• The introductory visit does not involve any diagnostic or therapeutic services reimbursed by federal health care programs or by third-party payors, and the services provided by the liaison during the introductory visit do not require clinical training;
• The liaison does not contact the patient until after receiving notice that the patient has chosen the Requester as his or her home health provider; and
• The Requestor does not submit claims for or claim costs associated with the introductory visit.
The OIG reasoned that any benefits received by the patient during the introductory visit were for the primary purpose of facilitating the patient's transition to home health care, and the intangible worth to patients does not implicate the AKS. The OIG emphasized that when analyzing whether a service has economic value to patients, "the absence of a paying market for such service is not dispositive." According to the OIG, such an absence may be the result of factors other than the service having little or no value, including because: (1) the service is still new and emerging in the marketplace; or (2) the market has been distorted by the availability of free services. The key takeaway here is that AKS liability is not avoided simply because the service is not reimbursable.

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June 25, 2015

United States Supreme Court Rules to Uphold Federal Subsidies Created by the Affordable Care Act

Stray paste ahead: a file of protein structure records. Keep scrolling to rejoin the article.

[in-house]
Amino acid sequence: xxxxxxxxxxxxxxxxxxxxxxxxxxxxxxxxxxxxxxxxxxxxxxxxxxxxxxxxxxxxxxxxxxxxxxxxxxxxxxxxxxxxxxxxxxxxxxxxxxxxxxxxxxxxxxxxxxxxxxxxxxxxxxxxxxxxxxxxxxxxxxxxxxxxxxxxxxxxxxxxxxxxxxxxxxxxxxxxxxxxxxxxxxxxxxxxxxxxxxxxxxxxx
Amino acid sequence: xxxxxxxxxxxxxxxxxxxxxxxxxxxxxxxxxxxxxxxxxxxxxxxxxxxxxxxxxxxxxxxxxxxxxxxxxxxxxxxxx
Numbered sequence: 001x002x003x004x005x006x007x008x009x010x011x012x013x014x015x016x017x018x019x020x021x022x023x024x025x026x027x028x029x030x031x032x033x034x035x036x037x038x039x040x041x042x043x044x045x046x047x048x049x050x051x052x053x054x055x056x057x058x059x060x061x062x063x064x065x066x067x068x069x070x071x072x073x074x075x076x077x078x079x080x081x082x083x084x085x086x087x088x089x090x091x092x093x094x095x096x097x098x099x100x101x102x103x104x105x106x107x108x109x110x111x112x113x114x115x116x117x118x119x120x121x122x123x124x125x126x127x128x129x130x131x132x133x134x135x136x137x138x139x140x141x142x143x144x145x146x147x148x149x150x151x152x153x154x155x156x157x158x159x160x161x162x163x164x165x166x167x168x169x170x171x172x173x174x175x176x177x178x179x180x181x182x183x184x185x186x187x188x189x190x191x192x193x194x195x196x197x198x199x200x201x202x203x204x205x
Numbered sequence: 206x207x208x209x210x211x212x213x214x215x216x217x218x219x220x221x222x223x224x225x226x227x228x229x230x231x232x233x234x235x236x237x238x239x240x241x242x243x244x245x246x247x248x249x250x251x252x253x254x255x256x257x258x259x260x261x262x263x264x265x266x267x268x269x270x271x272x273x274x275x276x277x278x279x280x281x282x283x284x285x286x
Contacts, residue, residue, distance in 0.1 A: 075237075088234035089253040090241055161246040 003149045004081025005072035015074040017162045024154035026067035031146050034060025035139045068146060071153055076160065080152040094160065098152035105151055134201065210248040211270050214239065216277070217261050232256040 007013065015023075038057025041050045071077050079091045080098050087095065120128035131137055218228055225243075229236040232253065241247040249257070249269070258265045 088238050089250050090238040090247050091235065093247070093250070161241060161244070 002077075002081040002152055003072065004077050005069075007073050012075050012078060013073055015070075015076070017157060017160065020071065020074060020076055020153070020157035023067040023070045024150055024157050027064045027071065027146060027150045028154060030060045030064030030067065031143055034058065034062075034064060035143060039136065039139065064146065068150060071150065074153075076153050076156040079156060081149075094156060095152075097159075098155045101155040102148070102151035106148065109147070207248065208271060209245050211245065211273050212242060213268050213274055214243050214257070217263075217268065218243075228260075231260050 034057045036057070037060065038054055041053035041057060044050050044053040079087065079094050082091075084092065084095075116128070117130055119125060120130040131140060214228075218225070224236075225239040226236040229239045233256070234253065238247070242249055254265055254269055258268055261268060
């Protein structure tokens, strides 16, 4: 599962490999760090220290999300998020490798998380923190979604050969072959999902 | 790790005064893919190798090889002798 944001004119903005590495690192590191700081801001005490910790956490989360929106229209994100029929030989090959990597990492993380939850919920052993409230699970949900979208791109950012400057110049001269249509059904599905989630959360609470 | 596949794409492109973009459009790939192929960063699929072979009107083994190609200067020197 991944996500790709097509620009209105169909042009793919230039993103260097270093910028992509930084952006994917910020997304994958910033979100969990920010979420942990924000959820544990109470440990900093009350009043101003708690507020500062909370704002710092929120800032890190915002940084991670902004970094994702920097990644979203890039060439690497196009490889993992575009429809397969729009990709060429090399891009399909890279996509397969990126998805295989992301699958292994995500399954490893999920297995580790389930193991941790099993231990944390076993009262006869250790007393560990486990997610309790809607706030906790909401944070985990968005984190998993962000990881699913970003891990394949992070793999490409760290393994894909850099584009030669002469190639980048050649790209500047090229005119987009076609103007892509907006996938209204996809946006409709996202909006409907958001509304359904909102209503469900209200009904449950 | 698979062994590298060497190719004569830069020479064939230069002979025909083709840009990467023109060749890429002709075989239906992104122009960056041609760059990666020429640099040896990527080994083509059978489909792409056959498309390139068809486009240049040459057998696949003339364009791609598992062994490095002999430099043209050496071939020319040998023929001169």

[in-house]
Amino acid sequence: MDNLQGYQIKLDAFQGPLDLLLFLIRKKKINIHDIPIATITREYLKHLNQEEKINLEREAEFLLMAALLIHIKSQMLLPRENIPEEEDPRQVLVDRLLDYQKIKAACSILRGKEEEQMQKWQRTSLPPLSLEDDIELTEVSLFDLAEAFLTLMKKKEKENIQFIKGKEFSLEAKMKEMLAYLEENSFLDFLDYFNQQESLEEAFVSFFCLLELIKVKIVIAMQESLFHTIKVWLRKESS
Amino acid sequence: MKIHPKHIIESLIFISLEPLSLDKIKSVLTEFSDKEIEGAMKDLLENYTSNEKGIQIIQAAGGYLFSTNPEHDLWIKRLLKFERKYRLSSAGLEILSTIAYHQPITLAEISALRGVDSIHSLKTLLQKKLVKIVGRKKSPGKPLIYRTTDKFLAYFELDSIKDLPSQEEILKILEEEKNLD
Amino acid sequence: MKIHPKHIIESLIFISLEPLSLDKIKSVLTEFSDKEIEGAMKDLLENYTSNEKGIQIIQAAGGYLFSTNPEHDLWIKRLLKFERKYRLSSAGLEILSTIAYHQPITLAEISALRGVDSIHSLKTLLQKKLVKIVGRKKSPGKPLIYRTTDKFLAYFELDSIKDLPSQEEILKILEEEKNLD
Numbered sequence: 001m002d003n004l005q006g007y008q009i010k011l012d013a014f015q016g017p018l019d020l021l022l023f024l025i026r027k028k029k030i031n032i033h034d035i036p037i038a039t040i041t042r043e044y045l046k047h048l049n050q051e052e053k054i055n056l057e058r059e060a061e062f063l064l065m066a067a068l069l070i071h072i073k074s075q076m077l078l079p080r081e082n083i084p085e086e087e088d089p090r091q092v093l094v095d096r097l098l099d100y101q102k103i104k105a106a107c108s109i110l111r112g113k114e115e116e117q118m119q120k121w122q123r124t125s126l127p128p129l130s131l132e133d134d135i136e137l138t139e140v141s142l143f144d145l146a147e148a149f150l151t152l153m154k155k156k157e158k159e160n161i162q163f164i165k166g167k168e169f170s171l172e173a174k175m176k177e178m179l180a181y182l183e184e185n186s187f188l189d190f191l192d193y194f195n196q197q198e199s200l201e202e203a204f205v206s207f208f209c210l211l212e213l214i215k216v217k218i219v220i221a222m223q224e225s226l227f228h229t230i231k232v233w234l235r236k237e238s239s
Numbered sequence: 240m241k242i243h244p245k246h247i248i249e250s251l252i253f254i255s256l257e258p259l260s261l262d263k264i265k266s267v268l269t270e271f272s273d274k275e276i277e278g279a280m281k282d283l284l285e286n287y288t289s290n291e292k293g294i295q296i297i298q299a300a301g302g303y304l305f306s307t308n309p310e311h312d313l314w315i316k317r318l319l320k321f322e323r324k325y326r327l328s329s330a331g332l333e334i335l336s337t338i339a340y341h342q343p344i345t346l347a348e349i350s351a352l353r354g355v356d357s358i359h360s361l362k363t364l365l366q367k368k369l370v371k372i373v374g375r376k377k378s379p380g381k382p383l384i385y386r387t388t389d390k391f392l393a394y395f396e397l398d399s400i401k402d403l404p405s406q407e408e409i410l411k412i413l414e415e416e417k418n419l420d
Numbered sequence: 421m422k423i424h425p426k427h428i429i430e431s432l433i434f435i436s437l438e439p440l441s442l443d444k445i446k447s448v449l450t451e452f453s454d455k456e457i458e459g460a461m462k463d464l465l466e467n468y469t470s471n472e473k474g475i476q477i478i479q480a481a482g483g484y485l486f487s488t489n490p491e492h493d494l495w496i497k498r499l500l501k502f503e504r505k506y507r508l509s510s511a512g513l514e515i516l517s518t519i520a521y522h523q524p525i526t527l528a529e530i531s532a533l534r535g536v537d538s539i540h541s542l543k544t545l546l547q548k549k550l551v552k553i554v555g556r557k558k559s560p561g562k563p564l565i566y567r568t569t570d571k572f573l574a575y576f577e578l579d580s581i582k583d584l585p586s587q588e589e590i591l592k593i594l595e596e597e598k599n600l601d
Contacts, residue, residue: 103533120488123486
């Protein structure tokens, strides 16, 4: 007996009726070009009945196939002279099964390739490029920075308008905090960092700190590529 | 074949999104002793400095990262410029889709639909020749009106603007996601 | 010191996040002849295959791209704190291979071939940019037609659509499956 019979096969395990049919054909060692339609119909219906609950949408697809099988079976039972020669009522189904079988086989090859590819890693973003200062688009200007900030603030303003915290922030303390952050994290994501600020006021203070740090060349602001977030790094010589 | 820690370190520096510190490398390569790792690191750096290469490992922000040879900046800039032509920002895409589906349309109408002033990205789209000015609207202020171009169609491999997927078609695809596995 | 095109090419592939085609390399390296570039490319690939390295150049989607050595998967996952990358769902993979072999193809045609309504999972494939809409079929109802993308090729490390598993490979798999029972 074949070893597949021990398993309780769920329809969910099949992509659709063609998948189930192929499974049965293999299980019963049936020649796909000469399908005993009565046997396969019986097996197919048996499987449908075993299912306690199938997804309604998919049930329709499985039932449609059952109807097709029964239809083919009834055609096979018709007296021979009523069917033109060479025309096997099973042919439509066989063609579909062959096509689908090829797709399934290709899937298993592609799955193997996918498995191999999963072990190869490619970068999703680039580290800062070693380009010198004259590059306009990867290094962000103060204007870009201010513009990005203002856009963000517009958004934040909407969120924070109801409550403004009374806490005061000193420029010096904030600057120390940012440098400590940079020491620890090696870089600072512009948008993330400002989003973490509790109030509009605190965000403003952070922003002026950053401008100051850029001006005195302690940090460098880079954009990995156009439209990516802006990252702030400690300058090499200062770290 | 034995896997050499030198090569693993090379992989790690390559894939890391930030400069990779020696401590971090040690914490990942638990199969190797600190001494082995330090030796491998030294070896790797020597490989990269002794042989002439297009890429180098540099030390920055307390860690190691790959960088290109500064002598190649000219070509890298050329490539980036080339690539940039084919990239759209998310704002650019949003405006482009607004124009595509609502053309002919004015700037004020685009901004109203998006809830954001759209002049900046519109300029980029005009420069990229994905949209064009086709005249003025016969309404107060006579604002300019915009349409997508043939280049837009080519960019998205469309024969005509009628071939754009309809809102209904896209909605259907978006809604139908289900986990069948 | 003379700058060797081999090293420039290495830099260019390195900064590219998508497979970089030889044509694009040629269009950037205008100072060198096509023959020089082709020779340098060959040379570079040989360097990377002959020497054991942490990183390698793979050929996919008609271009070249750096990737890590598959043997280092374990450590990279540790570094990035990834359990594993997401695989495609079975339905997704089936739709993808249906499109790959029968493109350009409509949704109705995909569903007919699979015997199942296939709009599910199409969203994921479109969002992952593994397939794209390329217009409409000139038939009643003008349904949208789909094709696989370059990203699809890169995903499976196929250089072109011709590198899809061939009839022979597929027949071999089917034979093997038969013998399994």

June 25, 2015

On June 18, 2015, the United States Supreme Court decided the case of King, et al. v. Burwell, Secretary of Health and Human Services, et al., upholding federal subsidies for taxpayers who buy health insurance on the federal government's webpage. The potential loss of the subsidies was seen by commentators as a significant threat to the Affordable Care Act.

Chief Justice John Roberts wrote for the 6-3 majority of the Court, finding that though the text of the law was ambiguous, the Affordable Care Act was passed "to improve health insurance markets, not destroy them." Thus, the Court found that the tax credits that are available to the state health insurance exchanges should also be available to insurance purchased on the federal government's page, which is relied upon by as many as 37 states that do not have their own insurance exchanges. Chief Justice Roberts' opinion was joined by Justices Kennedy, Ginsburg, Breyer, Sotomayor and Kagan. Justice Scalia dissented, and was joined by Justices Thomas and Alito.

The attorneys at The Health Law Partners have a significant amount of experience in providing guidance to healthcare stakeholders as to developments in healthcare law, regulation and policy throughout the United States. For more information regarding such matters, please call (248) 996-8510 or visit